After arriving in Makassar, I find the good news that the airport has reopened in Palu for incoming flights and I am fortunate enough to book one of the last seats.
On arrival, just as i begin to see widespread landslides across the hills indicating that we are beginning to fly over the affected area, the plane begins to climb in to a holding pattern over Palu, a familiar feeling, reminiscent of our attempts to land in Kathmandu years earlier. We are told that the plane will remain in the air until space has cleared on the tarmac. Once we land it is clear why. The terminal roof has collapsed, the control tower destroyed as well as good quarter of the apron buckled and under emergency repair works. There are seas of patients on stretchers waiting for evac out, military transport planes and choppers coming and going constantly. At least we have an element on the ground.
I confer with a government official as well as a representative from another NGO and am able to secure a ride to the Governor's office, the sprawling grounds of which have become a camp for various rescue teams and organisations. This will be home for the time being. I am welcomed in to camp by a joint project of four local mining emergency response teams as they are about to head off to clear debris piles and search for casualties in another part of the city. As they depart, the constant wail of sirens blasting around the city ring out.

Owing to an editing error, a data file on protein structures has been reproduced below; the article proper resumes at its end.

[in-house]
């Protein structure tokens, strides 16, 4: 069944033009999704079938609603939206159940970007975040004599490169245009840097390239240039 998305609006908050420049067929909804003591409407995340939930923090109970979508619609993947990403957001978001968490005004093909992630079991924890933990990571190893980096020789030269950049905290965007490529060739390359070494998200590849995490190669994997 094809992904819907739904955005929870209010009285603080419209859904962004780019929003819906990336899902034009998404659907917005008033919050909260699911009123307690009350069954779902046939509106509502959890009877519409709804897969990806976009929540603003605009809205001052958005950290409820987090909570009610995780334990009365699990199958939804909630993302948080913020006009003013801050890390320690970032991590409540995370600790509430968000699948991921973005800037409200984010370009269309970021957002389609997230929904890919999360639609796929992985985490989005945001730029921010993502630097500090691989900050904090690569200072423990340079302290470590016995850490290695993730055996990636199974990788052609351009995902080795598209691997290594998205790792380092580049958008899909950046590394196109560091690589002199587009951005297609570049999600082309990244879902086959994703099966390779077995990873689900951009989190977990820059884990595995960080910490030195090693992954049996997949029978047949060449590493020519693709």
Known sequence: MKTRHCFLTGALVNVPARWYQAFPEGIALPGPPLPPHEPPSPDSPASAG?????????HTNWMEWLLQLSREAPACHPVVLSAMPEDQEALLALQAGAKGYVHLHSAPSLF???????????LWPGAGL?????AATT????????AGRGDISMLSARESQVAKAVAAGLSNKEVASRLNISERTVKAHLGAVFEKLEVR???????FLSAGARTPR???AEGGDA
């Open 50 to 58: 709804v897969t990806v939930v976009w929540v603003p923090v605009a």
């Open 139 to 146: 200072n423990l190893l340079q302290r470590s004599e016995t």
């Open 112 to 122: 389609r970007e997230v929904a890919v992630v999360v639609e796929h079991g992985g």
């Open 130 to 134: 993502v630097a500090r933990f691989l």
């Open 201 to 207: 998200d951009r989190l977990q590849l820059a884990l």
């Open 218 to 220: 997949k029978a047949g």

There are two remaining, functioning mobile phone companies. I have sims for both however neither is providing effective comms. Once every half hour or so I am able to get a message out and receive vital info from sources we have in the city. The other main issue is fuel. There seems to be a reasonable contingent of boots on the ground, just no fuel to get them where they’re needed most. This forms a roadblock for Backpacker Medics particularly as we work best in remote areas away from the main populous, it is our strength.
I am approached by an Australian expat who works in Sulawesi and speaks fluent Bahasa, he will offer what assistance he can, however no matter how many friendly offers of support we receive, this doesn’t present a solution to our communication and transport issues. We have reports of many untreated casualties in an area called Petobo, apparently they are in desperate need of help. There isn’t any phone reception in that region though and fuel for transport is nearly impossible. Apparently the petrol situation is improving, with more shipments and trucks arriving constantly under military protection, however the lines at service stations stretch for hours.
As with all of our previous deployments, these early hours have the familiar, semi-frustrating feel of hurry up and wait.